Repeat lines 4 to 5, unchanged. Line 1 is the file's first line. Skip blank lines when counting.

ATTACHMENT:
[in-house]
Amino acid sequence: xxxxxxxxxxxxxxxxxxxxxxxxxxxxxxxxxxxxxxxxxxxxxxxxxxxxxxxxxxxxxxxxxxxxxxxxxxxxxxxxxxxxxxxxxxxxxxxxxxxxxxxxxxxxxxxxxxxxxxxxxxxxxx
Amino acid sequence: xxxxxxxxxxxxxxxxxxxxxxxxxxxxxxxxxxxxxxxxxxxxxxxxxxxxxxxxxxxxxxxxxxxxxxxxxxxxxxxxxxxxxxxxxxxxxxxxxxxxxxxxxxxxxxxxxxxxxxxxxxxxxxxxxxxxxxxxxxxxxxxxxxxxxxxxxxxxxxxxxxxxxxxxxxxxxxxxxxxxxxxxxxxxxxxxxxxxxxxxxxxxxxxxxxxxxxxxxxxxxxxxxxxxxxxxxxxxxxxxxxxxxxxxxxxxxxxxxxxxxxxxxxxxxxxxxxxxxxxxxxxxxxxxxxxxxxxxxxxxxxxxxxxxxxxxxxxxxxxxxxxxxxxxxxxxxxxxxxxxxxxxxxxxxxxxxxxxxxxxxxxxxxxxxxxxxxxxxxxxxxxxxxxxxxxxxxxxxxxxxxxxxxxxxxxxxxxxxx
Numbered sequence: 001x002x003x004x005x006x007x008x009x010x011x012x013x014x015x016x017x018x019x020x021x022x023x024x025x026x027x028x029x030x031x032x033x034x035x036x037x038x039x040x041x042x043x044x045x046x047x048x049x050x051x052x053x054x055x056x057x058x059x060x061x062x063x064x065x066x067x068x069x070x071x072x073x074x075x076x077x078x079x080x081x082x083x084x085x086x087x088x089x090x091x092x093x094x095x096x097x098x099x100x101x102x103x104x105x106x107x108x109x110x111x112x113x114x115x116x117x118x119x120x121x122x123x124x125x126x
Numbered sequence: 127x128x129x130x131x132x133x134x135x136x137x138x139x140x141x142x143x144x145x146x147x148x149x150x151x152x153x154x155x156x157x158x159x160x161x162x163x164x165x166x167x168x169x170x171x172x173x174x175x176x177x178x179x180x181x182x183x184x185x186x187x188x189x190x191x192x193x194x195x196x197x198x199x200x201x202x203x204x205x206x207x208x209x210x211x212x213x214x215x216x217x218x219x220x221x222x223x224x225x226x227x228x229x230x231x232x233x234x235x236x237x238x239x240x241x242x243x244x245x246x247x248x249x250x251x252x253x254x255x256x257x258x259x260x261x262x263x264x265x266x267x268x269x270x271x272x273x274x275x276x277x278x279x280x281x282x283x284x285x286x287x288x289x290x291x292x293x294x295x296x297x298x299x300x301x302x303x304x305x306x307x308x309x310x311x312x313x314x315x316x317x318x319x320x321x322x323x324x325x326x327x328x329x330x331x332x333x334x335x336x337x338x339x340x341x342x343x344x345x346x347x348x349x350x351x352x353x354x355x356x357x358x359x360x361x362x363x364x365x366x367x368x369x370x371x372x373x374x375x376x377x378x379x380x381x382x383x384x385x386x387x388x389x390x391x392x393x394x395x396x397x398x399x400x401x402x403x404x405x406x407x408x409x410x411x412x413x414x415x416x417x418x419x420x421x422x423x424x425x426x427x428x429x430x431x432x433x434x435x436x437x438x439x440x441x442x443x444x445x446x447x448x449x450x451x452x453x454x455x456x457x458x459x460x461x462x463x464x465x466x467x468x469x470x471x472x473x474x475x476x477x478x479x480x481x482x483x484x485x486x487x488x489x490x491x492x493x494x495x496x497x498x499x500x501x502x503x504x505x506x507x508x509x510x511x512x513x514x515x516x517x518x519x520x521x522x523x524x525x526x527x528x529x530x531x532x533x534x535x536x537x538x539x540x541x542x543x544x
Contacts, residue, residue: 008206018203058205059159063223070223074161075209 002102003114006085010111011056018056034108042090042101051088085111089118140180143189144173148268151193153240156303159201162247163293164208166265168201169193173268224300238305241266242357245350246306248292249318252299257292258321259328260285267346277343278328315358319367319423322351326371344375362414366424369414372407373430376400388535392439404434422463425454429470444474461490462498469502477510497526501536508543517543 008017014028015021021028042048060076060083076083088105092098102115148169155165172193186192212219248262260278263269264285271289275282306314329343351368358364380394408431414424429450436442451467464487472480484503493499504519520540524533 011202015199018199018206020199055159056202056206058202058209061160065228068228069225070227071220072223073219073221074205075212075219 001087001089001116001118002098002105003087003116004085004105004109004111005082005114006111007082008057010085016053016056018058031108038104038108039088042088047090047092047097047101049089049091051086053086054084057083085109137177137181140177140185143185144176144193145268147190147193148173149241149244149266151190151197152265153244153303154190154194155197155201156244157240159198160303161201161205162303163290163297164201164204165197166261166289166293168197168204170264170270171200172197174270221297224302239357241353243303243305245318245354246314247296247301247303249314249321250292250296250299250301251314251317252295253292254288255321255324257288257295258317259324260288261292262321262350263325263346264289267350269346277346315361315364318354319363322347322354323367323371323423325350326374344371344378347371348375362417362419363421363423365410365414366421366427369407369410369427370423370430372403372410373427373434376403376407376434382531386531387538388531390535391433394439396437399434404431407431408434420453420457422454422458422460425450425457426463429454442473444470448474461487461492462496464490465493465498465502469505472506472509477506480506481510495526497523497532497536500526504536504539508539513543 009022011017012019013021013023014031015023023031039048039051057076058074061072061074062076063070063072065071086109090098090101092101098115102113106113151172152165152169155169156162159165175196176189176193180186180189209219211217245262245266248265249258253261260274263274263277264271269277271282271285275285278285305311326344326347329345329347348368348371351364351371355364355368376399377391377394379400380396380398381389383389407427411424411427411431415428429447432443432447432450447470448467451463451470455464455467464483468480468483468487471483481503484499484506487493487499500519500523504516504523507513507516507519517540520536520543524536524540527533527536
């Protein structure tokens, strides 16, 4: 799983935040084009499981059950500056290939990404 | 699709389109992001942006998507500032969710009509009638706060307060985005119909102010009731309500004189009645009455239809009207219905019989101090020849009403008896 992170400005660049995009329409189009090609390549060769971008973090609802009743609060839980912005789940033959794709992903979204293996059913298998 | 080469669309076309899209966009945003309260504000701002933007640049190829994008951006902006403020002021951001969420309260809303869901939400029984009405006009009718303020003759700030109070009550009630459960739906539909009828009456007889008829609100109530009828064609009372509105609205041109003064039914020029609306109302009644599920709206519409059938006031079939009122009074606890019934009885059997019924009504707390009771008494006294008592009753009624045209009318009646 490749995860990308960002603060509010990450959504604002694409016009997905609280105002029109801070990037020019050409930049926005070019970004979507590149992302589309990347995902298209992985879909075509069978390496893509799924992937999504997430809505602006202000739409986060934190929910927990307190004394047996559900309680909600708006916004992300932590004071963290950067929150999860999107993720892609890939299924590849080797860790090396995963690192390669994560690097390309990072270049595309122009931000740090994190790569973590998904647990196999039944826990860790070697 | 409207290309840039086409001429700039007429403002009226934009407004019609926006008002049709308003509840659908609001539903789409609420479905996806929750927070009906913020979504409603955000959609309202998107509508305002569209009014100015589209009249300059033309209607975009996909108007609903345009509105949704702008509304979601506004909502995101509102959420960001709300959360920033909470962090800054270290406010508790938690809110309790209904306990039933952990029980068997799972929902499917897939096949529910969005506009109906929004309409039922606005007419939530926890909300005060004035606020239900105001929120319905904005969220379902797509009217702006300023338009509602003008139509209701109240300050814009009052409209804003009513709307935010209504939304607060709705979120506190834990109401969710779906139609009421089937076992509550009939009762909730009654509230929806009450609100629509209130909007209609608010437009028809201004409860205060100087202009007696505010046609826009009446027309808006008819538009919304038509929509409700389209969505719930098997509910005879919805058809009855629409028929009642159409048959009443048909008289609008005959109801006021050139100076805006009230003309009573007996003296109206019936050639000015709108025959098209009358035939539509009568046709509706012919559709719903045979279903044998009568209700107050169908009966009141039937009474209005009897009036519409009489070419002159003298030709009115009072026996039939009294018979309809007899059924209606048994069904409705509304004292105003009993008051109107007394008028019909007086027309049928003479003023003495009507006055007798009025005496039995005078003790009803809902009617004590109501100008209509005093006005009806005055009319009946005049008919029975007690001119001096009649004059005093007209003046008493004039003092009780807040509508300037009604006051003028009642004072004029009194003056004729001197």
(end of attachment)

Numbered sequence: 001x002x003x004x005x006x007x008x009x010x011x012x013x014x015x016x017x018x019x020x021x022x023x024x025x026x027x028x029x030x031x032x033x034x035x036x037x038x039x040x041x042x043x044x045x046x047x048x049x050x051x052x053x054x055x056x057x058x059x060x061x062x063x064x065x066x067x068x069x070x071x072x073x074x075x076x077x078x079x080x081x082x083x084x085x086x087x088x089x090x091x092x093x094x095x096x097x098x099x100x101x102x103x104x105x106x107x108x109x110x111x112x113x114x115x116x117x118x119x120x121x122x123x124x125x126x
Numbered sequence: 127x128x129x130x131x132x133x134x135x136x137x138x139x140x141x142x143x144x145x146x147x148x149x150x151x152x153x154x155x156x157x158x159x160x161x162x163x164x165x166x167x168x169x170x171x172x173x174x175x176x177x178x179x180x181x182x183x184x185x186x187x188x189x190x191x192x193x194x195x196x197x198x199x200x201x202x203x204x205x206x207x208x209x210x211x212x213x214x215x216x217x218x219x220x221x222x223x224x225x226x227x228x229x230x231x232x233x234x235x236x237x238x239x240x241x242x243x244x245x246x247x248x249x250x251x252x253x254x255x256x257x258x259x260x261x262x263x264x265x266x267x268x269x270x271x272x273x274x275x276x277x278x279x280x281x282x283x284x285x286x287x288x289x290x291x292x293x294x295x296x297x298x299x300x301x302x303x304x305x306x307x308x309x310x311x312x313x314x315x316x317x318x319x320x321x322x323x324x325x326x327x328x329x330x331x332x333x334x335x336x337x338x339x340x341x342x343x344x345x346x347x348x349x350x351x352x353x354x355x356x357x358x359x360x361x362x363x364x365x366x367x368x369x370x371x372x373x374x375x376x377x378x379x380x381x382x383x384x385x386x387x388x389x390x391x392x393x394x395x396x397x398x399x400x401x402x403x404x405x406x407x408x409x410x411x412x413x414x415x416x417x418x419x420x421x422x423x424x425x426x427x428x429x430x431x432x433x434x435x436x437x438x439x440x441x442x443x444x445x446x447x448x449x450x451x452x453x454x455x456x457x458x459x460x461x462x463x464x465x466x467x468x469x470x471x472x473x474x475x476x477x478x479x480x481x482x483x484x485x486x487x488x489x490x491x492x493x494x495x496x497x498x499x500x501x502x503x504x505x506x507x508x509x510x511x512x513x514x515x516x517x518x519x520x521x522x523x524x525x526x527x528x529x530x531x532x533x534x535x536x537x538x539x540x541x542x543x544x